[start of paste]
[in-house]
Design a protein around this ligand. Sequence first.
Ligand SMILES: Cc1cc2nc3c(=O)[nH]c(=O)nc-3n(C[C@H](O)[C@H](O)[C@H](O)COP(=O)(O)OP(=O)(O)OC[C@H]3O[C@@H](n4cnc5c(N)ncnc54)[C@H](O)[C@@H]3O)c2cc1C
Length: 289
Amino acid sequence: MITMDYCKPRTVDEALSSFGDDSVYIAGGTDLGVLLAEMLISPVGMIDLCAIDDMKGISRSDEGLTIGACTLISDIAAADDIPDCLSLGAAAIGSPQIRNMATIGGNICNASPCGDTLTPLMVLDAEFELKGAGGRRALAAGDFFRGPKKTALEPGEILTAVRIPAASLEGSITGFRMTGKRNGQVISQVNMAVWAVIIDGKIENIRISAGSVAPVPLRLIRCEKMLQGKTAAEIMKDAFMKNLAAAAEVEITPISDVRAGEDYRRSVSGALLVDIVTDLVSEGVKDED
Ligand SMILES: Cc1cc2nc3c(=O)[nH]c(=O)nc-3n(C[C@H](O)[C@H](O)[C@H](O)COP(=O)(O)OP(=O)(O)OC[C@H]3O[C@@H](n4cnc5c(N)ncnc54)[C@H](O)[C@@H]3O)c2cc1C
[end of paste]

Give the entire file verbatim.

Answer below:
[in-house]
Design a protein around this ligand. Sequence first.
Ligand SMILES: Cc1cc2nc3c(=O)[nH]c(=O)nc-3n(C[C@H](O)[C@H](O)[C@H](O)COP(=O)(O)OP(=O)(O)OC[C@H]3O[C@@H](n4cnc5c(N)ncnc54)[C@H](O)[C@@H]3O)c2cc1C
Length: 289
Amino acid sequence: MITMDYCKPRTVDEALSSFGDDSVYIAGGTDLGVLLAEMLISPVGMIDLCAIDDMKGISRSDEGLTIGACTLISDIAAADDIPDCLSLGAAAIGSPQIRNMATIGGNICNASPCGDTLTPLMVLDAEFELKGAGGRRALAAGDFFRGPKKTALEPGEILTAVRIPAASLEGSITGFRMTGKRNGQVISQVNMAVWAVIIDGKIENIRISAGSVAPVPLRLIRCEKMLQGKTAAEIMKDAFMKNLAAAAEVEITPISDVRAGEDYRRSVSGALLVDIVTDLVSEGVKDED
Ligand SMILES: Cc1cc2nc3c(=O)[nH]c(=O)nc-3n(C[C@H](O)[C@H](O)[C@H](O)COP(=O)(O)OP(=O)(O)OC[C@H]3O[C@@H](n4cnc5c(N)ncnc54)[C@H](O)[C@@H]3O)c2cc1C